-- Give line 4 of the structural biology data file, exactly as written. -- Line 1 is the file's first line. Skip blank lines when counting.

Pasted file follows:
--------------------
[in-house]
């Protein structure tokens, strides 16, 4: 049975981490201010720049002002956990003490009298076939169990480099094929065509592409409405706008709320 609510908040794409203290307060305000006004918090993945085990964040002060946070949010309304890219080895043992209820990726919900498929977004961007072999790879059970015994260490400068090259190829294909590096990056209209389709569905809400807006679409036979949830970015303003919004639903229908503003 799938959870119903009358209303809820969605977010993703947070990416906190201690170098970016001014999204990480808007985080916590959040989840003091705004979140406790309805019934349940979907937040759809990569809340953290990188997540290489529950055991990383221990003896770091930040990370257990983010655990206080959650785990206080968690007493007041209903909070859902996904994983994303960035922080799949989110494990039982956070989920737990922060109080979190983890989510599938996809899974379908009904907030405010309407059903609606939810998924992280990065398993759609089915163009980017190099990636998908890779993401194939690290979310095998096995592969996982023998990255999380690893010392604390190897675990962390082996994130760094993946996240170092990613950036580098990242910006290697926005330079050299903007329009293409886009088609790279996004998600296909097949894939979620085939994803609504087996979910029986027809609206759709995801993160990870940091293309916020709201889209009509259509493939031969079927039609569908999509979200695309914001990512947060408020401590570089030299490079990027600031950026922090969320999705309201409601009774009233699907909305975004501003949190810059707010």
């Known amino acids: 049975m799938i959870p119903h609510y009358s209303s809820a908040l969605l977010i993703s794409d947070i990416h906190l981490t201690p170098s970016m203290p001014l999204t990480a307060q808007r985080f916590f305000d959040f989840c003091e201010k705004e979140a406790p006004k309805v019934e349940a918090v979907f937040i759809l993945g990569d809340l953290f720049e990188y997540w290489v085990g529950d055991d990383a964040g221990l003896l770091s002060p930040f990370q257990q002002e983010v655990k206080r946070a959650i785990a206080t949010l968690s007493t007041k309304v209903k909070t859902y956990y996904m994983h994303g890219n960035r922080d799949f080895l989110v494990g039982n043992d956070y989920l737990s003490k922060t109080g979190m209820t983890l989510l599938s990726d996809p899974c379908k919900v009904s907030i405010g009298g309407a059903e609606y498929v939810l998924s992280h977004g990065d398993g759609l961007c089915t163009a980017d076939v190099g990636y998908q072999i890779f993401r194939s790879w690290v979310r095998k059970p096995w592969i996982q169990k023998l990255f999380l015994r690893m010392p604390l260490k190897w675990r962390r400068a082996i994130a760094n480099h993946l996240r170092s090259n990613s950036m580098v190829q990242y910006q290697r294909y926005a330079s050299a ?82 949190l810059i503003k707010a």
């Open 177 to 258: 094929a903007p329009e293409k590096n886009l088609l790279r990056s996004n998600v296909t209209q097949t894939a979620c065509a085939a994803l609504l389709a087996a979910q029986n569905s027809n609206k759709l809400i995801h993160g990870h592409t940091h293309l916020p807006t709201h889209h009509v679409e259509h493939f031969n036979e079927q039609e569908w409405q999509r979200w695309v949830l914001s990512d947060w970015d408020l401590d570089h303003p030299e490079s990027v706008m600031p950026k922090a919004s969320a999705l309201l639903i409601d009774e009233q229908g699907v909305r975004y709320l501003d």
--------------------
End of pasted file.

């Open 177 to 258: 094929a903007p329009e293409k590096n886009l088609l790279r990056s996004n998600v296909t209209q097949t894939a979620c065509a085939a994803l609504l389709a087996a979910q029986n569905s027809n609206k759709l809400i995801h993160g990870h592409t940091h293309l916020p807006t709201h889209h009509v679409e259509h493939f031969n036979e079927q039609e569908w409405q999509r979200w695309v949830l914001s990512d947060w970015d408020l401590d570089h303003p030299e490079s990027v706008m600031p950026k922090a919004s969320a999705l309201l639903i409601d009774e009233q229908g699907v909305r975004y709320l501003d």